• Mississippi River Basin;
  • surface water and energy budget;
  • CLM 3.5;
  • AmeriFlux;
  • NARR;
  • reanalysis data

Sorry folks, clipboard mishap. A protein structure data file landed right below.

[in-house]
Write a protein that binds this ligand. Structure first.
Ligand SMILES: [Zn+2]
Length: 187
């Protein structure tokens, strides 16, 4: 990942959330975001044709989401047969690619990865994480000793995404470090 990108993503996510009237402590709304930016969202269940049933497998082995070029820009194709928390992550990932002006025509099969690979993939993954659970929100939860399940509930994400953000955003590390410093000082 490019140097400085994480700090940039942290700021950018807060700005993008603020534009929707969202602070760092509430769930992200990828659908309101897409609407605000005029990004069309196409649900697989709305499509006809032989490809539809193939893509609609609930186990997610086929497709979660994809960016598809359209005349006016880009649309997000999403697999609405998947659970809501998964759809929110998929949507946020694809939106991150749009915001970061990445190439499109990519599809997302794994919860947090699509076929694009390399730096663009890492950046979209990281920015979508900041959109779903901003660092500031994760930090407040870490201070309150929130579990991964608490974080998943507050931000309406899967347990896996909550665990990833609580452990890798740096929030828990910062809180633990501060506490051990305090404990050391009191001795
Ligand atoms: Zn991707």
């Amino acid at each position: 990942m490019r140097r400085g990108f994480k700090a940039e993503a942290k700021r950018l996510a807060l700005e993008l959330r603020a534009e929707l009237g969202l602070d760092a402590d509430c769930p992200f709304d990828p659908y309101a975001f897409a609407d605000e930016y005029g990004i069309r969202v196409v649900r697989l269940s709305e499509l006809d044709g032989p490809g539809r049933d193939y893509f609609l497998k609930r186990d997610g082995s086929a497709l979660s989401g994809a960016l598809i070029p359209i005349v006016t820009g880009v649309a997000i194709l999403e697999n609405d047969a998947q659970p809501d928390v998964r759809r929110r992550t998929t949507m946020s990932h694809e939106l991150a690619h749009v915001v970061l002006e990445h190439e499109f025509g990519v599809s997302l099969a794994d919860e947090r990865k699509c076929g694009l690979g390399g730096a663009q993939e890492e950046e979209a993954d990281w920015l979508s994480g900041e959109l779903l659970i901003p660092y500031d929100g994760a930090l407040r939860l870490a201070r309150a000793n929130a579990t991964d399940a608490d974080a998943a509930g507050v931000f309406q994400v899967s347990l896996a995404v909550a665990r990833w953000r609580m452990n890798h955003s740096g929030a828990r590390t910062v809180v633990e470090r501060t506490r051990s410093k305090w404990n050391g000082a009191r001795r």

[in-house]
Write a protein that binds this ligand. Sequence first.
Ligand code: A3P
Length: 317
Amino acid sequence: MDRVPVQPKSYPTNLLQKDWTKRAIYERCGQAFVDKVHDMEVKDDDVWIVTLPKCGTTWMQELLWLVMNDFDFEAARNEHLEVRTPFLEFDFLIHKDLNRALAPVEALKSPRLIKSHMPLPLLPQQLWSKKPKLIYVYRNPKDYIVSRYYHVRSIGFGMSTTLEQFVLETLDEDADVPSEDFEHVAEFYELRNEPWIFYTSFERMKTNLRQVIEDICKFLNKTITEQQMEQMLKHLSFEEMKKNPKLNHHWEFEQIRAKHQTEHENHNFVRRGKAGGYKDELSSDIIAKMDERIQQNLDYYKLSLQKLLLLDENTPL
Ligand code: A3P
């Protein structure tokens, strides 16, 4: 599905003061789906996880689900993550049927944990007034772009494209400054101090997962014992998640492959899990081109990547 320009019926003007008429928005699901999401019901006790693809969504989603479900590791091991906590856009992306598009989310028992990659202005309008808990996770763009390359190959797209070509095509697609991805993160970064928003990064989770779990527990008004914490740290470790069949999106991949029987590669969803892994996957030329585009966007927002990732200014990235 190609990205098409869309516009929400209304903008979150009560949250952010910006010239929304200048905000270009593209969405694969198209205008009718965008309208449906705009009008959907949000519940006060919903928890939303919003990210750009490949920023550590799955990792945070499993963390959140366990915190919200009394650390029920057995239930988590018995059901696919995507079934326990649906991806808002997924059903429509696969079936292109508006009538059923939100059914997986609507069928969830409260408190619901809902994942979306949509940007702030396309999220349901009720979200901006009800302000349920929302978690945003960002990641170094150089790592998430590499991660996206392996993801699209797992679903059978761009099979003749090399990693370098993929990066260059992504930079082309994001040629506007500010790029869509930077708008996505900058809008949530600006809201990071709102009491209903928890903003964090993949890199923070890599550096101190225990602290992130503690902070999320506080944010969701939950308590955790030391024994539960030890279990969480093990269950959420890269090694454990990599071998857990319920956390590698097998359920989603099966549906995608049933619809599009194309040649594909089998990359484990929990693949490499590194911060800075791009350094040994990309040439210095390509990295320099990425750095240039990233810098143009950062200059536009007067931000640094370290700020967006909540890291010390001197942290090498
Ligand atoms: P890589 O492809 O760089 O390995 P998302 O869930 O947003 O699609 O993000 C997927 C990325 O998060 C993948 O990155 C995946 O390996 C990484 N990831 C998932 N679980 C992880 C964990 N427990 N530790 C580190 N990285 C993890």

[1] The North American Regional Reanalysis (NARR) and Community Land Model (CLM, version 3.5) outputs are analyzed to characterize the surface water and energy budgets in the Mississippi River Basin (MRB). NARR and CLM performance are evaluated with reference to energy flux observations from 16 AmeriFlux sites in MRB. The issue of point-scale observations versus climate model grid cell outputs is addressed by analyzing the spatial variability in long-term monthly precipitation and temperature observations from 71 United States Historical Climatology Network stations in Indiana and Illinois. The model outputs are also evaluated for their ability to capture spatial and temporal variability in total runoff. Compared to average values at 11 AmeriFlux sites in MRB, NARR show higher biases (compared to CLM) in incoming solar radiation (24%), sensible heat flux (27%), and latent heat flux (59%), whereas CLM show smaller biases (compared to NARR) in incoming solar radiation (0.5%), sensible heat flux (−2%), and latent heat flux (11%). Seasonal cycle of observed sensible heat flux in the crop region shows two peaks (bimodal pattern), which is captured by NARR, but CLM do not show any bimodal pattern. Based on 25 years (1980–2004) monthly climatology in MRB, NARR has 11% energy balance closing error (latent + sensible + ground heat flux = 1.11 net radiation) and 12% water balance closing error (evapotranspiration + runoff = 1.12 precipitation), whereas CLM does not have water and energy balance closing errors, primarily due to model design. In comparison to the observed mean annual runoff of 237 mm/yr based on 1988–1999 data in MRB, NARR and CLM mean annual runoff values are 89 mm/yr and 281 mm/yr, respectively. Overall, CLM provides relatively better characterization of surface water and energy fluxes in the MRB compared to NARR.